Retail Reckons With Potential Tax Reform

For more more updates on how tax reform may impact retailers, check out our latest blog post, "Tax Reform Will Proceed Without the BAT" 

On April 26, Treasury Secretary Steve Mnuchin and National Economic Council Director Gary Cohn outlined the President’s vision for a tax overhaul, with significant potential implications for both individuals and businesses. Though the plan remains skeletal at best, several points stand to impact retailers, should the framework make its way further through Capitol Hill.

Busting the Business Rate
Included in the White House’s proposal is a reduction of the corporate tax rate from 35 percent to 15 percent for businesses of all sizes. However, many tax professionals are unsure this will come to pass. During BDO’s recent webinar, “Trump, Legislation and Taxes: How the Expected Tax Reform May Impact Global Organizations,” 63 percent of the more than 500 tax professionals who attended the webinar predicted the corporate rate will land in the 20s, 34 percent of respondents said it will fall somewhere between 20 and 24 percent and just six percent predicted the tax rate will fall between 15 and 19 percent.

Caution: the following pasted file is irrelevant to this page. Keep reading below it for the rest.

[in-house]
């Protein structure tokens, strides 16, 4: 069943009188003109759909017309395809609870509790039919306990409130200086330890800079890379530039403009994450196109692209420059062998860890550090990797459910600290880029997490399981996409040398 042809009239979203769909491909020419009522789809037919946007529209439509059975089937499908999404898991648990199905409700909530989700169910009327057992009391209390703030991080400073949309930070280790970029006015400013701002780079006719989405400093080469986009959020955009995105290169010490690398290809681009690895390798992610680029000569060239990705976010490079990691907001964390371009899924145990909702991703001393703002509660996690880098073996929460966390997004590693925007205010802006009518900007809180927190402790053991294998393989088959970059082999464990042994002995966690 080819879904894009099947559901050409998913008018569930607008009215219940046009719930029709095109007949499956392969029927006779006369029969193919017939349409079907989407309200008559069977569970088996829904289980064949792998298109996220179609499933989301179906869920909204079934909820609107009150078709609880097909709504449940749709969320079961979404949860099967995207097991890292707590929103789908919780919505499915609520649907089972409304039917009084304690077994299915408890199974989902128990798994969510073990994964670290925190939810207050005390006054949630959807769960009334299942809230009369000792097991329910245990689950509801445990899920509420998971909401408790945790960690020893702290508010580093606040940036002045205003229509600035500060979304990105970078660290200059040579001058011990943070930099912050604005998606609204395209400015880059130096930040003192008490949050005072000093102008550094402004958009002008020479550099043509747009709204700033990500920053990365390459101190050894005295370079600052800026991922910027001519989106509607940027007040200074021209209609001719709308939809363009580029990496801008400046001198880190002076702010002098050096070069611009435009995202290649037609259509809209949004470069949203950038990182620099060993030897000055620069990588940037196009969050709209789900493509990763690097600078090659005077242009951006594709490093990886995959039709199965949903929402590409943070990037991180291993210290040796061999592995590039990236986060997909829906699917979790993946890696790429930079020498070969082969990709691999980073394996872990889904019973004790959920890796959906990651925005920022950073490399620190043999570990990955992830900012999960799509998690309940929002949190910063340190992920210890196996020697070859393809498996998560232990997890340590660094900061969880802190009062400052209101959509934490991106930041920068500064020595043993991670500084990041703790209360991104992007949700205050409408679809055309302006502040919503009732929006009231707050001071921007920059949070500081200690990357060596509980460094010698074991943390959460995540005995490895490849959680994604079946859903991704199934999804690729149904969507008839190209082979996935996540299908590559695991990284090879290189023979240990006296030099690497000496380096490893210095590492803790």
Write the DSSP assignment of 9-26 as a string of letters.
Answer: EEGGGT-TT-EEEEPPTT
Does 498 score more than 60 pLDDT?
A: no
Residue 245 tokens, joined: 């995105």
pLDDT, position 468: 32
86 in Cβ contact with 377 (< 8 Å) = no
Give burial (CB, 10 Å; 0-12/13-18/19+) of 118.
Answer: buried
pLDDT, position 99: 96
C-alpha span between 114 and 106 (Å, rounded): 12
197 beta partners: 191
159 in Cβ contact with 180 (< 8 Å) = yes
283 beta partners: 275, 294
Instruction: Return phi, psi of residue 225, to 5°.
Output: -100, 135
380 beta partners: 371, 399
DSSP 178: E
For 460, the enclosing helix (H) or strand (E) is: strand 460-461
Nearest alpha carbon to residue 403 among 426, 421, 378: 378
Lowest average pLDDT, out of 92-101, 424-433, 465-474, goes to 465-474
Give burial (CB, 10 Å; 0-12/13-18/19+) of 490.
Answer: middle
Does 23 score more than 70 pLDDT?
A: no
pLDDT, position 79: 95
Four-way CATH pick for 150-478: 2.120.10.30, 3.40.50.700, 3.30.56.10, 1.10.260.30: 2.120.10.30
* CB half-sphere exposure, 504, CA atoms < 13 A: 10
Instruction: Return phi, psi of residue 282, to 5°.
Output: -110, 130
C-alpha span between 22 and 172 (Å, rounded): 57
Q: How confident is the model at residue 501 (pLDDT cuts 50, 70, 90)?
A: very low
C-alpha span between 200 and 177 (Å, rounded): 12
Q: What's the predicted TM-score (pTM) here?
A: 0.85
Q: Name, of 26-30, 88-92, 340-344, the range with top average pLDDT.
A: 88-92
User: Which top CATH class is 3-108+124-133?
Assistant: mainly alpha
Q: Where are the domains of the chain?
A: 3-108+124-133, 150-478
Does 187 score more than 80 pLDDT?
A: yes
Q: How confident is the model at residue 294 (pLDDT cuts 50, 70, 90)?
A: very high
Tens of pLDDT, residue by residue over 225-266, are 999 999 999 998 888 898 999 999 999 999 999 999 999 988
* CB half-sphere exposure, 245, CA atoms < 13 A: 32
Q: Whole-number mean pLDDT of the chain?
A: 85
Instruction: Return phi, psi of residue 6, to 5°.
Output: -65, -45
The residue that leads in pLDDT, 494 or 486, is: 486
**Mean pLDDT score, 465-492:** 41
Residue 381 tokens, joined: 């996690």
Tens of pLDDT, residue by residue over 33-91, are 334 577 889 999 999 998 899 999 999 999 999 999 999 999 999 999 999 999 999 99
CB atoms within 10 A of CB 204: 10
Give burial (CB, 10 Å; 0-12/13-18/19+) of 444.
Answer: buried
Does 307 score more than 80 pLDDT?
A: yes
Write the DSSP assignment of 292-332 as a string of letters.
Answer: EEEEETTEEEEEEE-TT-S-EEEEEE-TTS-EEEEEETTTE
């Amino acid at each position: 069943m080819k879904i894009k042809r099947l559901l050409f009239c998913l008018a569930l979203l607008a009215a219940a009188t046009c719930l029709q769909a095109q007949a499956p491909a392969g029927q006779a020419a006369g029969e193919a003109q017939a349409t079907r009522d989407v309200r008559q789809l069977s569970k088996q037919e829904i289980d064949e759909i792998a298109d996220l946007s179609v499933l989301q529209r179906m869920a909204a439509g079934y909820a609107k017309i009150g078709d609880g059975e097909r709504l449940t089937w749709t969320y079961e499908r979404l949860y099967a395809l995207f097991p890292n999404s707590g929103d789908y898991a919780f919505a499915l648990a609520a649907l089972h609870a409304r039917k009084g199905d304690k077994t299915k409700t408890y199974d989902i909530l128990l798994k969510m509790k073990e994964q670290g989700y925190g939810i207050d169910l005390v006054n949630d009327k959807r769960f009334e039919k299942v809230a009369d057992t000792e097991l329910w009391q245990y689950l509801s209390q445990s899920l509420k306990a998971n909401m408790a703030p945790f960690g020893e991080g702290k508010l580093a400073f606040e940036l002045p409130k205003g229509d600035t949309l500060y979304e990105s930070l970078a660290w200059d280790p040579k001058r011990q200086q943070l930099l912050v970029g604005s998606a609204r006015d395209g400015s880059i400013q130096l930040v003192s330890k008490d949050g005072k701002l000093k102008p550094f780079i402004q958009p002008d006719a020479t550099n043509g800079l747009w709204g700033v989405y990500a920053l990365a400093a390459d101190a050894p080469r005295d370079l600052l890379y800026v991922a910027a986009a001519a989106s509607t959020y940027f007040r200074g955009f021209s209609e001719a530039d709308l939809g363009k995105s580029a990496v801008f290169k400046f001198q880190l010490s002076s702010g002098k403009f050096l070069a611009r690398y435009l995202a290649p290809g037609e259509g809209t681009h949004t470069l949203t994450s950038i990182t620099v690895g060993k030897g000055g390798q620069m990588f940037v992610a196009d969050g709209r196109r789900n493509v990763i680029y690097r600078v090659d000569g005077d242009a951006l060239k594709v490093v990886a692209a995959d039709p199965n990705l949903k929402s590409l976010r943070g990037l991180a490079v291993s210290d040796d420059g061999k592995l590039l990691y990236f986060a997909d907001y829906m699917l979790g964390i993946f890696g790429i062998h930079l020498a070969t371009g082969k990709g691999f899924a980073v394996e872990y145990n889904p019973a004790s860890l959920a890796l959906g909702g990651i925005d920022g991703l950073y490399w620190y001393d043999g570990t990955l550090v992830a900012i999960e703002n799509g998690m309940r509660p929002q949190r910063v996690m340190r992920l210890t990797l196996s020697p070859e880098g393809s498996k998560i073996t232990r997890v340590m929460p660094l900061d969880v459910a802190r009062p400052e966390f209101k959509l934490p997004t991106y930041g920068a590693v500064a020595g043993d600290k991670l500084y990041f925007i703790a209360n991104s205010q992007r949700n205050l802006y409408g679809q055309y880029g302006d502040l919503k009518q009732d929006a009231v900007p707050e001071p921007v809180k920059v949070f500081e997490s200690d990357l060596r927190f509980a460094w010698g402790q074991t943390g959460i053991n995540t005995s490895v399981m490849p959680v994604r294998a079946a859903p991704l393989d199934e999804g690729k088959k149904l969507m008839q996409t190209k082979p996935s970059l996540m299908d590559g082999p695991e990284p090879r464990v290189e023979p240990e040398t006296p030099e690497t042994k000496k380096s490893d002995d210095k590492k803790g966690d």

A shift to a 15 percent corporate tax rate would likely have enormous consequences. According to BDO’s 2017 Tax Outlook Survey, a reduced corporate tax rate is the primary tax issue for tax executives, no matter the industry. Some retailers suggest that the new rate must fall to at least 22 percent to have a net positive effect.

The administration touts this plan as an overall simplification of the code—which should benefit taxpayers if all goes as planned. However, the lack of details leaves room for much uncertainty on many fronts including exactly how it will be applied to a pass-through business.

Reform with A Side of SALT
Interestingly, a significant drop in the federal income tax rate under the president’s plan could cause state income taxes to become a much higher proportion of taxpayers overall tax burden. In addition, it is unclear whether specific states would conform to any base-broadening measures such as the elimination of the federal interest expense deduction.

As the plan remains quite ambiguous, many state and local questions must be considered. For example, will federal tax reform encourage more states to abandon their income tax regimes for gross receipts taxes or other indirect tax regimes? How will states treat any one-time repatriations of foreign earnings? As the reform package makes its way through the legislative process, taxpayers may get some much needed clarity.

Prepare to Prepare
While Congress works its way from one tax reform proposal to the next, the best way to prepare for what may be ahead is to stay informed.

For more information on how tax reform may impact retailers, contact Mike Metz at Be sure to keep up with the latest on tax reform and retail by subscribing to our blog on the Consumer Business Compass homepage here, and follow us on Twitter at @BDOConsumer.